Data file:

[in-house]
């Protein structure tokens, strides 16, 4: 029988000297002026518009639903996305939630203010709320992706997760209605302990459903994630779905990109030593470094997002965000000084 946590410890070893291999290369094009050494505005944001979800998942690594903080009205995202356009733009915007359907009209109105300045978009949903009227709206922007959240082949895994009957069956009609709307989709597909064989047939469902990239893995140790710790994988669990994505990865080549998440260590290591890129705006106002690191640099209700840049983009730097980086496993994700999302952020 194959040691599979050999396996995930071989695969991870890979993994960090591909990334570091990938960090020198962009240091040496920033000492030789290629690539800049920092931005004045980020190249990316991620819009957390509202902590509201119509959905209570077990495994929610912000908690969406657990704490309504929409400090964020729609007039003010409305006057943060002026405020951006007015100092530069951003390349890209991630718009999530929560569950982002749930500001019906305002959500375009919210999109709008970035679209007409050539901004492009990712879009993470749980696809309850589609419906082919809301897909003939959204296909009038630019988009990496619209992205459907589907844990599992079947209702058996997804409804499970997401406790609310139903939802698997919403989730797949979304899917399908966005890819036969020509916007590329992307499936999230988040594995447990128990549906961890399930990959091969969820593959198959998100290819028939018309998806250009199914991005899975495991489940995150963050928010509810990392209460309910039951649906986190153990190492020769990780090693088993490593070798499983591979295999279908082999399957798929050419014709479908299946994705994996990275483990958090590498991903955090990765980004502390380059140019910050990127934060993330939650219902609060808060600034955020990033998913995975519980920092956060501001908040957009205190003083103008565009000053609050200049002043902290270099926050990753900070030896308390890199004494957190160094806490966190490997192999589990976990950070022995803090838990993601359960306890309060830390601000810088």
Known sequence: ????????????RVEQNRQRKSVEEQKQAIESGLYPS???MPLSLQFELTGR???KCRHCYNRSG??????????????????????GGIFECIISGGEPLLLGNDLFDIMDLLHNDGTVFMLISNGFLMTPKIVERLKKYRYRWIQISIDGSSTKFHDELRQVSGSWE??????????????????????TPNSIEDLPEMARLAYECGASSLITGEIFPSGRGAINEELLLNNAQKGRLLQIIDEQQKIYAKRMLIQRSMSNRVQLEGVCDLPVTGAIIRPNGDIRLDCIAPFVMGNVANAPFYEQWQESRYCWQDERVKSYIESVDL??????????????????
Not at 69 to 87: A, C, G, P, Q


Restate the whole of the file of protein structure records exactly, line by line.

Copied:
[in-house]
């Protein structure tokens, strides 16, 4: 029988000297002026518009639903996305939630203010709320992706997760209605302990459903994630779905990109030593470094997002965000000084 946590410890070893291999290369094009050494505005944001979800998942690594903080009205995202356009733009915007359907009209109105300045978009949903009227709206922007959240082949895994009957069956009609709307989709597909064989047939469902990239893995140790710790994988669990994505990865080549998440260590290591890129705006106002690191640099209700840049983009730097980086496993994700999302952020 194959040691599979050999396996995930071989695969991870890979993994960090591909990334570091990938960090020198962009240091040496920033000492030789290629690539800049920092931005004045980020190249990316991620819009957390509202902590509201119509959905209570077990495994929610912000908690969406657990704490309504929409400090964020729609007039003010409305006057943060002026405020951006007015100092530069951003390349890209991630718009999530929560569950982002749930500001019906305002959500375009919210999109709008970035679209007409050539901004492009990712879009993470749980696809309850589609419906082919809301897909003939959204296909009038630019988009990496619209992205459907589907844990599992079947209702058996997804409804499970997401406790609310139903939802698997919403989730797949979304899917399908966005890819036969020509916007590329992307499936999230988040594995447990128990549906961890399930990959091969969820593959198959998100290819028939018309998806250009199914991005899975495991489940995150963050928010509810990392209460309910039951649906986190153990190492020769990780090693088993490593070798499983591979295999279908082999399957798929050419014709479908299946994705994996990275483990958090590498991903955090990765980004502390380059140019910050990127934060993330939650219902609060808060600034955020990033998913995975519980920092956060501001908040957009205190003083103008565009000053609050200049002043902290270099926050990753900070030896308390890199004494957190160094806490966190490997192999589990976990950070022995803090838990993601359960306890309060830390601000810088």
Known sequence: ????????????RVEQNRQRKSVEEQKQAIESGLYPS???MPLSLQFELTGR???KCRHCYNRSG??????????????????????GGIFECIISGGEPLLLGNDLFDIMDLLHNDGTVFMLISNGFLMTPKIVERLKKYRYRWIQISIDGSSTKFHDELRQVSGSWE??????????????????????TPNSIEDLPEMARLAYECGASSLITGEIFPSGRGAINEELLLNNAQKGRLLQIIDEQQKIYAKRMLIQRSMSNRVQLEGVCDLPVTGAIIRPNGDIRLDCIAPFVMGNVANAPFYEQWQESRYCWQDERVKSYIESVDL??????????????????
Not at 69 to 87: A, C, G, P, Q